EBACE Convention News

SAF Availablity Slowly Rises in Europe

 - May 24, 2023, 8:17 AM
The UK's Farnborough Airport is one of less than 20 facilities in Europe to offer sustainable aviation fuel to business aviation customers. (Photo: Farnborough Airport)

While sustainable aviation fuel (SAF) may provide the best near-term solution for the decarbonization of aviation, it is still an industry very much in the early phases of development. In fact, the first commercially produced SAF ocurred less than a decade ago.

“It’s in its infancy,” noted Daniel Coertzer, CEO of the Geneva-based international division Titan Aviation Fuels  (Booth S88). “The first SAF was sold just a few years ago. We cannot yet take over or compete with the jet fuel business that has been in place since the Second World War.”

Indeed, despite SAF currently representing a minute percentage of the overall jet-fuel supply, it is an industry that is growing, but with numerous demands being placed upon it in the form of targets and mandates. In Europe, mandates on the use of SAF have been imposed in countries such as France, Sweden, and Norway, while the UK plans to make SAF 10 percent of the jet fuel consumed by 2030. Further EU-wide programs under consideration call for all flights originating from larger airports in the EU to carry a minimum amount of SAF.

“The mandates are slightly different but they have the same output, which is they are encouraging the uptake [of SAF] because you have one of two choices: you either purchase physical SAF or you pay a penalty, effectively,” said Matthew Whitton, World Fuel Services' (Booth A37) v-p of land and aviation supply for Europe.

According to industry tracker and sustainability consultancy 4Air (Booth Y111), SAF is now available consistently for business and general aviation customers at approximately 17 airports in Europe: eight in the UK, including Farnborough, Biggin Hill, and Luton airports; three in France, including Paris Le Bourget; four in Italy; and at Amsterdam Schiphol and Vienna International airports.

U.S.-based distributor AEG Fuels (Booth G46)—which has a larger SAF distribution footprint in Europe than it does in the U.S.—noted educating the users is key. “We’ve seen this problem with some locations is that they get SAF and they can’t move it because nobody knows how to buy it,” said Marc Ramthun, managing director of business aviation sales and supply. “We have this great product but if no one can find it, it doesn’t do anybody any good.”

This week at EBACE, World Fuel Services announced a new deal with leading SAF producer Neste that will increase the number of European airports World Fuel provides with SAF from 13 to 40. The U.S.-based company predicts a 20-fold increase in its SAF deliveries this year versus 2022.

“We are excited to have created a framework that enables us to more reliably provide our customers across Europe with SAF in a timely and expedient manner,” said Duncan Story, World Fuel’s v-p of aviation supply for the region. “We are confident this agreement and deeper collaboration with Neste will serve to accelerate our ability to support customers in their decarbonization ambitions across the globe.”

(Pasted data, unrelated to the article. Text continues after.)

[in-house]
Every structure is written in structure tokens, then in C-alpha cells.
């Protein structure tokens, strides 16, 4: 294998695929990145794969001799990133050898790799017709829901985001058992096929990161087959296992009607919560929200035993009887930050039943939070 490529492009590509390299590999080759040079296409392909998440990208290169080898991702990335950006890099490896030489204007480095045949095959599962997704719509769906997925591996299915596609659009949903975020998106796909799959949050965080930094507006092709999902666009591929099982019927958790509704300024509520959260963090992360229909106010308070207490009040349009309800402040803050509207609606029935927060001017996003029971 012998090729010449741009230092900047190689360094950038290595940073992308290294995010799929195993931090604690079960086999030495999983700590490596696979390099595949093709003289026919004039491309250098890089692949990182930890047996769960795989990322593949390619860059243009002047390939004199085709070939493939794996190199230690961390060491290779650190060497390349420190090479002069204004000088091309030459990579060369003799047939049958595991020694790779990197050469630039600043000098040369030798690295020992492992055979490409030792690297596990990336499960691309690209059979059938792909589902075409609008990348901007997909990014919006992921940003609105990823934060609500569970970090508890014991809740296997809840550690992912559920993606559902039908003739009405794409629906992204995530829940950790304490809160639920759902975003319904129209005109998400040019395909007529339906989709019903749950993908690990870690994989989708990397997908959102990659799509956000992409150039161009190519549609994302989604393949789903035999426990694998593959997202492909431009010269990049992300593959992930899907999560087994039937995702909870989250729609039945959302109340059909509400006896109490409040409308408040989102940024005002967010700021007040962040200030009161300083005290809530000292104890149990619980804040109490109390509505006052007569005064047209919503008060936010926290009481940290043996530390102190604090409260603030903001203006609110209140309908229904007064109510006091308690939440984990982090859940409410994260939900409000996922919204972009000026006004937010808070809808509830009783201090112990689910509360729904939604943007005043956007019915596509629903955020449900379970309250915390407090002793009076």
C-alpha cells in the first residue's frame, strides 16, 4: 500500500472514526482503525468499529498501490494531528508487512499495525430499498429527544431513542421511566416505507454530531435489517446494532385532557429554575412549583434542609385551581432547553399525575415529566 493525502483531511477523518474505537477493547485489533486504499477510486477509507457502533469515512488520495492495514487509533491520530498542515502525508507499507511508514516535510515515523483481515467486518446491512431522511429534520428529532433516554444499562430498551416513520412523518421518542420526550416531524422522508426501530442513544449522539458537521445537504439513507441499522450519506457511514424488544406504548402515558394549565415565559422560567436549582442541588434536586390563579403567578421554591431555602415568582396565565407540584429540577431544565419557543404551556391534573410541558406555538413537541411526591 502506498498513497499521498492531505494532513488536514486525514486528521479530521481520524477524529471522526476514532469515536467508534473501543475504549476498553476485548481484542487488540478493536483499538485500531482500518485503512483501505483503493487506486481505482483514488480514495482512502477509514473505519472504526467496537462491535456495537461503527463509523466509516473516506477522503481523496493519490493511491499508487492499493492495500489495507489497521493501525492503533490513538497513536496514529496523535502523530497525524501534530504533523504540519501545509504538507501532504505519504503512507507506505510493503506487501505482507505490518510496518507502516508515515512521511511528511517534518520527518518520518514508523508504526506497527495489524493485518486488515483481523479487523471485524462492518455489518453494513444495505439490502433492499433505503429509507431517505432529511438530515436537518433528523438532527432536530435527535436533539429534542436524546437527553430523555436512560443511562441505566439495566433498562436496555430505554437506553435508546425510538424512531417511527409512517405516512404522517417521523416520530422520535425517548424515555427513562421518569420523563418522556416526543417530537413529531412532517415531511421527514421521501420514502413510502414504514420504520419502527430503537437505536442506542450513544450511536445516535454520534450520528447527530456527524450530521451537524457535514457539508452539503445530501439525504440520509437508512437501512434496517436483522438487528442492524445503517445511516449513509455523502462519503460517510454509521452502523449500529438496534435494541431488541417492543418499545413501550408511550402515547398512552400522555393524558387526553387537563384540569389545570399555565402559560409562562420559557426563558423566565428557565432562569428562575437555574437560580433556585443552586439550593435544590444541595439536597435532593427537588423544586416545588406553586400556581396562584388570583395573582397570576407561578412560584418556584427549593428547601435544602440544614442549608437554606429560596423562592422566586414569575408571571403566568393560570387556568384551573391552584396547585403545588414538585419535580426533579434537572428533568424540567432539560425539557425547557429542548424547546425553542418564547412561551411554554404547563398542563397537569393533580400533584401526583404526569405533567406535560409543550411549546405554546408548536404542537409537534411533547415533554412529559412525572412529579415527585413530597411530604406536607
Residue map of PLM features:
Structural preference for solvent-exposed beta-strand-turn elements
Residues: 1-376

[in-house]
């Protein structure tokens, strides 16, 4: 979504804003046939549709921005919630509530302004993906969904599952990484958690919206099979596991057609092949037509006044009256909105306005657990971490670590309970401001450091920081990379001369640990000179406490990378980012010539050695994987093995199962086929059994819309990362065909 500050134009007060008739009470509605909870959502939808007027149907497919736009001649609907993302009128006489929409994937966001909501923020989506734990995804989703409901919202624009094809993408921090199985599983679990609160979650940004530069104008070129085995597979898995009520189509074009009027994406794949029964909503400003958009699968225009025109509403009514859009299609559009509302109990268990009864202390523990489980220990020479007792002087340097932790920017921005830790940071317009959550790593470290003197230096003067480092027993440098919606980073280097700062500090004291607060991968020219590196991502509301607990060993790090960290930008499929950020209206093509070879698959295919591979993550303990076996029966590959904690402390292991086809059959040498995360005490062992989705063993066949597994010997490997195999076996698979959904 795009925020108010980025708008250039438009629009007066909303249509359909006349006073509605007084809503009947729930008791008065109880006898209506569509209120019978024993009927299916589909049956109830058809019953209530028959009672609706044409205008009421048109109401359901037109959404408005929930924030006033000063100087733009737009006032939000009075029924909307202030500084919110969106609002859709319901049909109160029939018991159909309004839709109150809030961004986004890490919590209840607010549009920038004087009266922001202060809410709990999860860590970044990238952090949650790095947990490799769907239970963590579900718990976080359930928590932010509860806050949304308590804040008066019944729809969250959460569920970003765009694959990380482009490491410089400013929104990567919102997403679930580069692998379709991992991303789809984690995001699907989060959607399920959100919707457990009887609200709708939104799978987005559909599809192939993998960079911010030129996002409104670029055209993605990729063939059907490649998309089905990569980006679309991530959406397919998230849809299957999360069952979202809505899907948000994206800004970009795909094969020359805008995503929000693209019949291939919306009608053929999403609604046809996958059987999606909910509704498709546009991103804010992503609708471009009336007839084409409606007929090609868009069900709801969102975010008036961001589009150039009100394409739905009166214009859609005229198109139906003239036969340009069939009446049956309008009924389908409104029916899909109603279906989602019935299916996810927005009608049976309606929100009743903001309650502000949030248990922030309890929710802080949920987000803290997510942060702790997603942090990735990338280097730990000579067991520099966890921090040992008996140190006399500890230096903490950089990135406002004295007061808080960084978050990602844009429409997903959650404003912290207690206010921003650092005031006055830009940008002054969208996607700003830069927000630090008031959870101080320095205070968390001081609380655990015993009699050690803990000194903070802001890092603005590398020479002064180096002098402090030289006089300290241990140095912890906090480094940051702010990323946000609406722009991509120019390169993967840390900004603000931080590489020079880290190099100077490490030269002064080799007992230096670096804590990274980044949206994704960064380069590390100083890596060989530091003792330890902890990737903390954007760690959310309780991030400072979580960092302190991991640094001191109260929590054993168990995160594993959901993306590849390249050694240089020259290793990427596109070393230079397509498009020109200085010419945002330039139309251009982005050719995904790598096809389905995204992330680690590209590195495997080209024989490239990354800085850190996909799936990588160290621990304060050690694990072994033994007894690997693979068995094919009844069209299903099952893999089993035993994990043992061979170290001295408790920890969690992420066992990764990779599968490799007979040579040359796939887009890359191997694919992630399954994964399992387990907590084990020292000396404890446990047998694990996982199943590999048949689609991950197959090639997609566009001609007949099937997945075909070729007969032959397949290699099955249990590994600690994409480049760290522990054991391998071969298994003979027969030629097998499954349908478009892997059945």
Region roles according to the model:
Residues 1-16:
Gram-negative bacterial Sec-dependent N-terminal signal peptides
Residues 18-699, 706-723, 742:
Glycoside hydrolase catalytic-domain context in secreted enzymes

Yet, some indicate SAF supplies in Europe are still rather constrained in comparison to the U.S.

“Anticipation over the Refuel EU mandates has suppliers holding onto fuel to help them meet those future blending requirements or at least until they have some better clarity around them,” said 4Air president Kennedy Ricci. “It also has some operators holding back to wait for the mandates to carry them forward.”

Business aviation’s use of SAF also faces additional hurdles in competition with commercial carriers, which have existing offtake agreements for large quantities of fuel. “Demand is high relative to the supply of the product,” said Whitton. While there are some existing carve-outs for business aviation SAF supplies, “it’s been difficult to find the molecules,” Whitton told AIN.

Another factor is cost. According to sources, blended SAF can cost $2 or more per gallon than jet-A. For an ultra-long-range jet, that could add $800 to hourly operational costs.

“A lot of people would love to use [SAF], but it is just not viable in making them competitive in the pricing,” said Coetzer. “If they quote a charter and they must use set fuel [pricing], the guy that doesn’t use set fuel can come in at a much better rate.”

As the production of SAF increases, that pricing delta will decrease and put SAF pricing more on par with that of conventional fuel. The major fuel companies continue to channel their efforts into enhancing their current facilities and developing new ones to increase output. “I think that all of them are really preparing to invest their money, and they know that that’s the future,” Coetzer added.

Following the much-anticipated expansion of its Singapore SAF refinery, Neste is currently in the process of upgrading and expanding its Rotterdam facility, which will greatly augment its SAF output by 2026. Sustainable fuel producer Cepsa recently announced a partnership to establish a major refinery in Spain that is expected to come online in 2026 with an output of 500,000 tons a year.